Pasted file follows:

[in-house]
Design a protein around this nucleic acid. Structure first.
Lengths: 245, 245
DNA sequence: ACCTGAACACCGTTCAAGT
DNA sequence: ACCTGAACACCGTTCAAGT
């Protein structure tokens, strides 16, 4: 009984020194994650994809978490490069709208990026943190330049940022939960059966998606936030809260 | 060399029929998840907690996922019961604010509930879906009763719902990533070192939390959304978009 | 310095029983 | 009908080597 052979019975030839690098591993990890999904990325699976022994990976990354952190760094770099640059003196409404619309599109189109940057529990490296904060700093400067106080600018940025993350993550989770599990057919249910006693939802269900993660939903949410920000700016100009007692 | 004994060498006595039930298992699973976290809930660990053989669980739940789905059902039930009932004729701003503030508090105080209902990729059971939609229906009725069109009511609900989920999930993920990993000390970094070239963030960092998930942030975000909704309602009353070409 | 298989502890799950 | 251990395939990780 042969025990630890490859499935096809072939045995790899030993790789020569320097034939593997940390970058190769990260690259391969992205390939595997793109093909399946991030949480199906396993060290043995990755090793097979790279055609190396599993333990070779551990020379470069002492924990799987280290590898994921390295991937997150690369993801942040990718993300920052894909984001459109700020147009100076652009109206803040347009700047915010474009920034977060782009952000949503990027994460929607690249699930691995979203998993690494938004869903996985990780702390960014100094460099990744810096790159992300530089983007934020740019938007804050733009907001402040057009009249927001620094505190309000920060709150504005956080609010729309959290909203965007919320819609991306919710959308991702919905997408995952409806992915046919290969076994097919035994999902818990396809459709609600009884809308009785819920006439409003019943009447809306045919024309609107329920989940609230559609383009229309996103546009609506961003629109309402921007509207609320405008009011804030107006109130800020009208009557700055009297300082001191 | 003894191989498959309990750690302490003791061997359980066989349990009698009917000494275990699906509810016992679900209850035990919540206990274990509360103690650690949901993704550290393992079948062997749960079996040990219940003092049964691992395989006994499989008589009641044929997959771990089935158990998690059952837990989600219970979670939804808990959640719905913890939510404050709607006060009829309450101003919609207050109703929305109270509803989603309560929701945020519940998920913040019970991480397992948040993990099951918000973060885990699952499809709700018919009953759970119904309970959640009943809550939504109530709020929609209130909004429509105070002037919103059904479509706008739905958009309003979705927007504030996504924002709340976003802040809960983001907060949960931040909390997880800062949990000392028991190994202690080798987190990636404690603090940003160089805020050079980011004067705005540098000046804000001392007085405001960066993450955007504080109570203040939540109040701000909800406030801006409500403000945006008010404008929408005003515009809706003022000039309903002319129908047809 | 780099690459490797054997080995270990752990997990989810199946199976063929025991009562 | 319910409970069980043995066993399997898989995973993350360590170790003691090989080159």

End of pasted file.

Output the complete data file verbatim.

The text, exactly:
[in-house]
Design a protein around this nucleic acid. Structure first.
Lengths: 245, 245
DNA sequence: ACCTGAACACCGTTCAAGT
DNA sequence: ACCTGAACACCGTTCAAGT
């Protein structure tokens, strides 16, 4: 009984020194994650994809978490490069709208990026943190330049940022939960059966998606936030809260 | 060399029929998840907690996922019961604010509930879906009763719902990533070192939390959304978009 | 310095029983 | 009908080597 052979019975030839690098591993990890999904990325699976022994990976990354952190760094770099640059003196409404619309599109189109940057529990490296904060700093400067106080600018940025993350993550989770599990057919249910006693939802269900993660939903949410920000700016100009007692 | 004994060498006595039930298992699973976290809930660990053989669980739940789905059902039930009932004729701003503030508090105080209902990729059971939609229906009725069109009511609900989920999930993920990993000390970094070239963030960092998930942030975000909704309602009353070409 | 298989502890799950 | 251990395939990780 042969025990630890490859499935096809072939045995790899030993790789020569320097034939593997940390970058190769990260690259391969992205390939595997793109093909399946991030949480199906396993060290043995990755090793097979790279055609190396599993333990070779551990020379470069002492924990799987280290590898994921390295991937997150690369993801942040990718993300920052894909984001459109700020147009100076652009109206803040347009700047915010474009920034977060782009952000949503990027994460929607690249699930691995979203998993690494938004869903996985990780702390960014100094460099990744810096790159992300530089983007934020740019938007804050733009907001402040057009009249927001620094505190309000920060709150504005956080609010729309959290909203965007919320819609991306919710959308991702919905997408995952409806992915046919290969076994097919035994999902818990396809459709609600009884809308009785819920006439409003019943009447809306045919024309609107329920989940609230559609383009229309996103546009609506961003629109309402921007509207609320405008009011804030107006109130800020009208009557700055009297300082001191 | 003894191989498959309990750690302490003791061997359980066989349990009698009917000494275990699906509810016992679900209850035990919540206990274990509360103690650690949901993704550290393992079948062997749960079996040990219940003092049964691992395989006994499989008589009641044929997959771990089935158990998690059952837990989600219970979670939804808990959640719905913890939510404050709607006060009829309450101003919609207050109703929305109270509803989603309560929701945020519940998920913040019970991480397992948040993990099951918000973060885990699952499809709700018919009953759970119904309970959640009943809550939504109530709020929609209130909004429509105070002037919103059904479509706008739905958009309003979705927007504030996504924002709340976003802040809960983001907060949960931040909390997880800062949990000392028991190994202690080798987190990636404690603090940003160089805020050079980011004067705005540098000046804000001392007085405001960066993450955007504080109570203040939540109040701000909800406030801006409500403000945006008010404008929408005003515009809706003022000039309903002319129908047809 | 780099690459490797054997080995270990752990997990989810199946199976063929025991009562 | 319910409970069980043995066993399997898989995973993350360590170790003691090989080159």